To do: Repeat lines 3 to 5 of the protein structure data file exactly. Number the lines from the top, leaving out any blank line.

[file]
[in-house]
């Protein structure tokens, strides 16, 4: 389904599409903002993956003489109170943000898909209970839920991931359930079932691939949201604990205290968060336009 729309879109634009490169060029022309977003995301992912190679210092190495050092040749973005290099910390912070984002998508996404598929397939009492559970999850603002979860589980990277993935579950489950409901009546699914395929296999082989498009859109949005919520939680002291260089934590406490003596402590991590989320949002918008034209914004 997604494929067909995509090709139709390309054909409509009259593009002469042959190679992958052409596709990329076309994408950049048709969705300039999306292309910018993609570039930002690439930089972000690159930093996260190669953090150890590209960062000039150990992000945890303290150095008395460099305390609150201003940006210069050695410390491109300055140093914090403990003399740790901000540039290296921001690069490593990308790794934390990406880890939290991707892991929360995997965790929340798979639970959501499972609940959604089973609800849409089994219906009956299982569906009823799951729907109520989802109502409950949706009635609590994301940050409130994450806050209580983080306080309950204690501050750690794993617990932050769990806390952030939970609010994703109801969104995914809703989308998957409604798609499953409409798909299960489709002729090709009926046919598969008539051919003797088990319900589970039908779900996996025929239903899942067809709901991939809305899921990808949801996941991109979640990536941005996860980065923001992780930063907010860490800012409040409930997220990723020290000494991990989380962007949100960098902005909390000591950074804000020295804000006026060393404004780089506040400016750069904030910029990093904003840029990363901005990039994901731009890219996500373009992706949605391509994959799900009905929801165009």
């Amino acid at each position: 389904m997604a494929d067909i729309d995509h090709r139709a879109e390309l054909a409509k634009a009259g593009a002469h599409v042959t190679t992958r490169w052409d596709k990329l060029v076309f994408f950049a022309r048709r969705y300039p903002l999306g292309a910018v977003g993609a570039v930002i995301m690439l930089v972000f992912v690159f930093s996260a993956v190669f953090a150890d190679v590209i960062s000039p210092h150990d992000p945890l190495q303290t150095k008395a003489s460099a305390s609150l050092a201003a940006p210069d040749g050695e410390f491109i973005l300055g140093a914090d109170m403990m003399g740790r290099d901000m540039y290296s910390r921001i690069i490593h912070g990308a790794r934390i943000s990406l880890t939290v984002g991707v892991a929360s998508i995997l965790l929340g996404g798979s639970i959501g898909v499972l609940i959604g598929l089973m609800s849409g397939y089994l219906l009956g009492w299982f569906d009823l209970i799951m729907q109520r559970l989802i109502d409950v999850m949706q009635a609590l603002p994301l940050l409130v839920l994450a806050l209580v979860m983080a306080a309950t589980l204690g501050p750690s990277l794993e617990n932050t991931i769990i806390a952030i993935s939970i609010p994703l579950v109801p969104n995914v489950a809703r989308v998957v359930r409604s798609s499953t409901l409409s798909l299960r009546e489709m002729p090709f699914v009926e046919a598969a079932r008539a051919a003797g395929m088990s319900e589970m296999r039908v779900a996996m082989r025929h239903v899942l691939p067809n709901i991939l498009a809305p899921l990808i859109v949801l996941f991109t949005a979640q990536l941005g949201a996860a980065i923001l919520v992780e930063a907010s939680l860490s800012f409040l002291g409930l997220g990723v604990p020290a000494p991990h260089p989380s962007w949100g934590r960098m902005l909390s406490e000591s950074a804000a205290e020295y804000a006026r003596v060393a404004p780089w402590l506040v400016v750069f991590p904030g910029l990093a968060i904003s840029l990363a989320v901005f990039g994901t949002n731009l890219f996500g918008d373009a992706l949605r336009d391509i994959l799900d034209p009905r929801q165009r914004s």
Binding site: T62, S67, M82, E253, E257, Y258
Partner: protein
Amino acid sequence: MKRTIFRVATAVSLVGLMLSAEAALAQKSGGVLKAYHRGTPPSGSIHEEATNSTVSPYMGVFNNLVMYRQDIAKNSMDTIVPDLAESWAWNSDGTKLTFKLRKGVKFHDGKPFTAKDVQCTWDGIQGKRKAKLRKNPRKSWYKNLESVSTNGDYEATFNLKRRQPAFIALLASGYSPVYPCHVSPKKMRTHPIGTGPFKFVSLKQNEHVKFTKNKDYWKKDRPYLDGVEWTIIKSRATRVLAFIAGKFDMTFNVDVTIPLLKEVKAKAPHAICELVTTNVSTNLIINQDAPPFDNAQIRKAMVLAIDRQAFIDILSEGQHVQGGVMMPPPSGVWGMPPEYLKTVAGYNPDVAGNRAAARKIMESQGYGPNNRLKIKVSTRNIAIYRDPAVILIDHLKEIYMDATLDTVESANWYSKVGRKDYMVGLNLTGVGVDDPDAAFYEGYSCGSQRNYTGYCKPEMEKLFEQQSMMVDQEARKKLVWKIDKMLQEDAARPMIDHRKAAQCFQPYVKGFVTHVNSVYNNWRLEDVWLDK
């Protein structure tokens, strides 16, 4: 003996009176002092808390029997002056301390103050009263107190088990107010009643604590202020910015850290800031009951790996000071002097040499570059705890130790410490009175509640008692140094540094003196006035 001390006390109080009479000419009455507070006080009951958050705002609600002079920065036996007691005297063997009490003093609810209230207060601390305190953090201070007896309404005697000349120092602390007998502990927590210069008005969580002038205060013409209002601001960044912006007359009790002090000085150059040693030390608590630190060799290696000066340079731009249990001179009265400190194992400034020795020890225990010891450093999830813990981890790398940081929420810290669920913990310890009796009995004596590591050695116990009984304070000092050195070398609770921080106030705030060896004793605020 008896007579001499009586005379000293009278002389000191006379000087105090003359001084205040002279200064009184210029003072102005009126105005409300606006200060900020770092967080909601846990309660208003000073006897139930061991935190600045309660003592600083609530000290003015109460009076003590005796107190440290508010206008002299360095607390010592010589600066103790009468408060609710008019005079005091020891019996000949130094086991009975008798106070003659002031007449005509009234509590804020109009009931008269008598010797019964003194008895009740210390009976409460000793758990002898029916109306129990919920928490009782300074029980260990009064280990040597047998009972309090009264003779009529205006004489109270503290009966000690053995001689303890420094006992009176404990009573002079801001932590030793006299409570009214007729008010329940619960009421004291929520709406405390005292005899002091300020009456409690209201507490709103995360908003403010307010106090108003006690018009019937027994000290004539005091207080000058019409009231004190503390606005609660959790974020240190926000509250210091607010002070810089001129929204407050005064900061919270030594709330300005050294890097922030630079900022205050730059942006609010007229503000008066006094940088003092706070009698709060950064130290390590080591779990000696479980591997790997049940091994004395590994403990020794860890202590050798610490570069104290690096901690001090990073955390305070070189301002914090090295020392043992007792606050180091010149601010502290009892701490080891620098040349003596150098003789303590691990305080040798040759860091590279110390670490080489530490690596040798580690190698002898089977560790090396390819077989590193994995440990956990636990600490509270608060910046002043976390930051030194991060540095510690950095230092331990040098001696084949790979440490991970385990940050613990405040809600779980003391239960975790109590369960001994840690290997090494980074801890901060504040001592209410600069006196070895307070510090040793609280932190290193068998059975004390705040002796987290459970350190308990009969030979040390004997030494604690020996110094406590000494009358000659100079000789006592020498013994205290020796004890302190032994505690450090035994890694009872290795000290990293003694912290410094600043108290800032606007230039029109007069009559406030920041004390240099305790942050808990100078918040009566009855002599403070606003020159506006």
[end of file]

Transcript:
């Amino acid at each position: 389904m997604a494929d067909i729309d995509h090709r139709a879109e390309l054909a409509k634009a009259g593009a002469h599409v042959t190679t992958r490169w052409d596709k990329l060029v076309f994408f950049a022309r048709r969705y300039p903002l999306g292309a910018v977003g993609a570039v930002i995301m690439l930089v972000f992912v690159f930093s996260a993956v190669f953090a150890d190679v590209i960062s000039p210092h150990d992000p945890l190495q303290t150095k008395a003489s460099a305390s609150l050092a201003a940006p210069d040749g050695e410390f491109i973005l300055g140093a914090d109170m403990m003399g740790r290099d901000m540039y290296s910390r921001i690069i490593h912070g990308a790794r934390i943000s990406l880890t939290v984002g991707v892991a929360s998508i995997l965790l929340g996404g798979s639970i959501g898909v499972l609940i959604g598929l089973m609800s849409g397939y089994l219906l009956g009492w299982f569906d009823l209970i799951m729907q109520r559970l989802i109502d409950v999850m949706q009635a609590l603002p994301l940050l409130v839920l994450a806050l209580v979860m983080a306080a309950t589980l204690g501050p750690s990277l794993e617990n932050t991931i769990i806390a952030i993935s939970i609010p994703l579950v109801p969104n995914v489950a809703r989308v998957v359930r409604s798609s499953t409901l409409s798909l299960r009546e489709m002729p090709f699914v009926e046919a598969a079932r008539a051919a003797g395929m088990s319900e589970m296999r039908v779900a996996m082989r025929h239903v899942l691939p067809n709901i991939l498009a809305p899921l990808i859109v949801l996941f991109t949005a979640q990536l941005g949201a996860a980065i923001l919520v992780e930063a907010s939680l860490s800012f409040l002291g409930l997220g990723v604990p020290a000494p991990h260089p989380s962007w949100g934590r960098m902005l909390s406490e000591s950074a804000a205290e020295y804000a006026r003596v060393a404004p780089w402590l506040v400016v750069f991590p904030g910029l990093a968060i904003s840029l990363a989320v901005f990039g994901t949002n731009l890219f996500g918008d373009a992706l949605r336009d391509i994959l799900d034209p009905r929801q165009r914004s």
Binding site: T62, S67, M82, E253, E257, Y258
Partner: protein